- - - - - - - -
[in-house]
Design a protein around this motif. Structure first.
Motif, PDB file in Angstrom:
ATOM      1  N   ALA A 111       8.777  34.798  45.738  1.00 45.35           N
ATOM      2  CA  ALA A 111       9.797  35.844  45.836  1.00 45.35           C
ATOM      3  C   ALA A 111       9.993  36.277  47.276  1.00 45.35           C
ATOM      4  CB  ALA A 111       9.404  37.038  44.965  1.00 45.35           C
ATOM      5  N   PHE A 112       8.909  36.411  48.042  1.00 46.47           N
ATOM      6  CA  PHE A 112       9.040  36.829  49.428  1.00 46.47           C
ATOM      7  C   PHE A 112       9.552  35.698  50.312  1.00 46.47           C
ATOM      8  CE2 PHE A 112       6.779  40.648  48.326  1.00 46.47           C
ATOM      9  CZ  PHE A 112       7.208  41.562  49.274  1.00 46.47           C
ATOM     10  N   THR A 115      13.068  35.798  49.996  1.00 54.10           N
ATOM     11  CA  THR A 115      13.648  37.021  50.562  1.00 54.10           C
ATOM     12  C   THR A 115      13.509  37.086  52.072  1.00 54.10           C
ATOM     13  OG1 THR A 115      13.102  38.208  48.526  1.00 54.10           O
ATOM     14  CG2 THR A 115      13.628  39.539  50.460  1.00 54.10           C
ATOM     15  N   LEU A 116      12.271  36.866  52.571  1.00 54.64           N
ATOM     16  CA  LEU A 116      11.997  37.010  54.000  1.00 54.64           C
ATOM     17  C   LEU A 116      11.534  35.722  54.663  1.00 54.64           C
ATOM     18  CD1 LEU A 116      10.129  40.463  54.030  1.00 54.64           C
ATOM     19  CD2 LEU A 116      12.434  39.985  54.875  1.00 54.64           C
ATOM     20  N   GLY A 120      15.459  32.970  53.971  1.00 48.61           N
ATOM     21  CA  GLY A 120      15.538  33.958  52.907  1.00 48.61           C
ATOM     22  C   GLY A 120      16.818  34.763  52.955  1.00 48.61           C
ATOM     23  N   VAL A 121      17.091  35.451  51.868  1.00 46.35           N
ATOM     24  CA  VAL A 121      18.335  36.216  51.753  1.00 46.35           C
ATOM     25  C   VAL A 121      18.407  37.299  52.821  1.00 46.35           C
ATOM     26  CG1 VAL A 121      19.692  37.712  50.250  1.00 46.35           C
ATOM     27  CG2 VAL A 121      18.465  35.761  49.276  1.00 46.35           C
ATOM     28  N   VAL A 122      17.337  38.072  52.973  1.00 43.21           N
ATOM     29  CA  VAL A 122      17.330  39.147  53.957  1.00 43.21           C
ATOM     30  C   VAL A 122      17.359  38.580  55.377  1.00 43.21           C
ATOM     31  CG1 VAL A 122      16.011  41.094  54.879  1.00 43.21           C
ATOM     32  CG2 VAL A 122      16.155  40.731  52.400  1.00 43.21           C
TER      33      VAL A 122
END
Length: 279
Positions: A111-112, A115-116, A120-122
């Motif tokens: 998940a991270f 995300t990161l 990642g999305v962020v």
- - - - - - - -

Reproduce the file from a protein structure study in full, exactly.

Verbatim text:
[in-house]
Design a protein around this motif. Structure first.
Motif, PDB file in Angstrom:
ATOM      1  N   ALA A 111       8.777  34.798  45.738  1.00 45.35           N
ATOM      2  CA  ALA A 111       9.797  35.844  45.836  1.00 45.35           C
ATOM      3  C   ALA A 111       9.993  36.277  47.276  1.00 45.35           C
ATOM      4  CB  ALA A 111       9.404  37.038  44.965  1.00 45.35           C
ATOM      5  N   PHE A 112       8.909  36.411  48.042  1.00 46.47           N
ATOM      6  CA  PHE A 112       9.040  36.829  49.428  1.00 46.47           C
ATOM      7  C   PHE A 112       9.552  35.698  50.312  1.00 46.47           C
ATOM      8  CE2 PHE A 112       6.779  40.648  48.326  1.00 46.47           C
ATOM      9  CZ  PHE A 112       7.208  41.562  49.274  1.00 46.47           C
ATOM     10  N   THR A 115      13.068  35.798  49.996  1.00 54.10           N
ATOM     11  CA  THR A 115      13.648  37.021  50.562  1.00 54.10           C
ATOM     12  C   THR A 115      13.509  37.086  52.072  1.00 54.10           C
ATOM     13  OG1 THR A 115      13.102  38.208  48.526  1.00 54.10           O
ATOM     14  CG2 THR A 115      13.628  39.539  50.460  1.00 54.10           C
ATOM     15  N   LEU A 116      12.271  36.866  52.571  1.00 54.64           N
ATOM     16  CA  LEU A 116      11.997  37.010  54.000  1.00 54.64           C
ATOM     17  C   LEU A 116      11.534  35.722  54.663  1.00 54.64           C
ATOM     18  CD1 LEU A 116      10.129  40.463  54.030  1.00 54.64           C
ATOM     19  CD2 LEU A 116      12.434  39.985  54.875  1.00 54.64           C
ATOM     20  N   GLY A 120      15.459  32.970  53.971  1.00 48.61           N
ATOM     21  CA  GLY A 120      15.538  33.958  52.907  1.00 48.61           C
ATOM     22  C   GLY A 120      16.818  34.763  52.955  1.00 48.61           C
ATOM     23  N   VAL A 121      17.091  35.451  51.868  1.00 46.35           N
ATOM     24  CA  VAL A 121      18.335  36.216  51.753  1.00 46.35           C
ATOM     25  C   VAL A 121      18.407  37.299  52.821  1.00 46.35           C
ATOM     26  CG1 VAL A 121      19.692  37.712  50.250  1.00 46.35           C
ATOM     27  CG2 VAL A 121      18.465  35.761  49.276  1.00 46.35           C
ATOM     28  N   VAL A 122      17.337  38.072  52.973  1.00 43.21           N
ATOM     29  CA  VAL A 122      17.330  39.147  53.957  1.00 43.21           C
ATOM     30  C   VAL A 122      17.359  38.580  55.377  1.00 43.21           C
ATOM     31  CG1 VAL A 122      16.011  41.094  54.879  1.00 43.21           C
ATOM     32  CG2 VAL A 122      16.155  40.731  52.400  1.00 43.21           C
TER      33      VAL A 122
END
Length: 279
Positions: A111-112, A115-116, A120-122
């Motif tokens: 998940a991270f 995300t990161l 990642g999305v962020v």